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Child Support

Florida Child Support Legal HelpChild support is provided by the court to the parent who has the most time-sharing with the minor child.

The amount of child support to be paid is determined based upon the incomes of the parties, the amount of overnights each parent enjoys, childcare costs, health insurance costs, and other factors.

A paying parent should receive credit for previous court ordered child support actually paid. There are also allowable deductions permitted (which helps to lower child support) for mandatory retirement, health insurance expenses and, mandatory union dues.

There are two processes for having child support determined.

The first is administratively through the Department of Revenue. Department of Revenue can assist parties in having child support calculated without a court process. As such, if you receive a letter from the Department of Revenue relating to child support, you need to review it, timely respond and/or object using the specific process provided within the notice sent. Department of Revenue is able to have this process completed through certified mail only.

This means you will not be personally served with the action. If you delay in responding to these certified letters or fail to respond there can be drastic consequences as they may proceed without you, make rulings on your income and even order arrearages going back 24 months (without giving a paying parent the opportunity to show proof of payment).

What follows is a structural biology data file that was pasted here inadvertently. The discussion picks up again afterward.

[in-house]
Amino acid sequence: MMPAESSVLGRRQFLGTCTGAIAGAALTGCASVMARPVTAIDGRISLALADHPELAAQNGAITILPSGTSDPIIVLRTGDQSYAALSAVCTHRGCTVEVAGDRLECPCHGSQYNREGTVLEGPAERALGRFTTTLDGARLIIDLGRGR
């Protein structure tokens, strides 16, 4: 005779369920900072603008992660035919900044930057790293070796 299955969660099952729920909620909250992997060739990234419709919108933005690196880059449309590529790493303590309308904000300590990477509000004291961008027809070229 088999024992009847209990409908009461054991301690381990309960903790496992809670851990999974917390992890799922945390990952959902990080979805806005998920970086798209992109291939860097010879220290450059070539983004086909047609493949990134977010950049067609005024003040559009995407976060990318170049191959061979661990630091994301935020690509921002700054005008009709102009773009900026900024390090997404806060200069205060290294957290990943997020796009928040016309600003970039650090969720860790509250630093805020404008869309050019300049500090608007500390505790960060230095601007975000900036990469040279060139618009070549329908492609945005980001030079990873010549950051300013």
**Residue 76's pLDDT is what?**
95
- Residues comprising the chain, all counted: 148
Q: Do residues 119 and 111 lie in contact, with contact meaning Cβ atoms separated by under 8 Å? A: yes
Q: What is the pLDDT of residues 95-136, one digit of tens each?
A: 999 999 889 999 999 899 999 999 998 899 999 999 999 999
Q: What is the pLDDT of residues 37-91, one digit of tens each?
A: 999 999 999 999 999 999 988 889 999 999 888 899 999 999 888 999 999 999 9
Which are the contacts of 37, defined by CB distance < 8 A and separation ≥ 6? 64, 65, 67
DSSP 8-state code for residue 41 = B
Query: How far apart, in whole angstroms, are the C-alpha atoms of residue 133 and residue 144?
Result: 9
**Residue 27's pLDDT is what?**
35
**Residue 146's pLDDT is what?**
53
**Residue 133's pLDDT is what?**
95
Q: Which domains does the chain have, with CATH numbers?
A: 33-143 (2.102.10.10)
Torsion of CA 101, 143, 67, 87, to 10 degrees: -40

Once this occurs, the rulings can only be modified prospectively. This means we may be able to correct the child support numbers for the future. All past child support including the arrears assessed will remain.

The second process for child support is through the process of filing a Petition for Child Support in either a dissolution or paternity action with the Court. Once the petition is filed, the other parent will be personally served and will have 20 days to respond.

In order to determine each party’s incomes so child support can be properly calculated, certain documents are required to be produced. These documents include a Financial Affidavit, tax returns, bank statements, health insurance cards, deeds, leases, brokerage accounts, paystubs and liability statements. In addition, should one party be unemployed or underemployed, a court can impute income to that party.

The hiring of an attorney to assist in calculating child support is important so that the proper documents are reviewed to ensure that child support is set at the proper amounts.

In addition, the calculations can vary based upon the amount of court ordered time the other parents spends with the child if the amount of overnight time-sharing is at least 20% (73 overnights).

A parent who does not receive court ordered time with a child can file a paternity and time-sharing action or counter-claim, which can then be considered in the child support calculations.

Florida Statutes governing child support is located at 61.30.

For help with your child support issues, contact us today at 954-299-5957 for a Free Consultation or email us.

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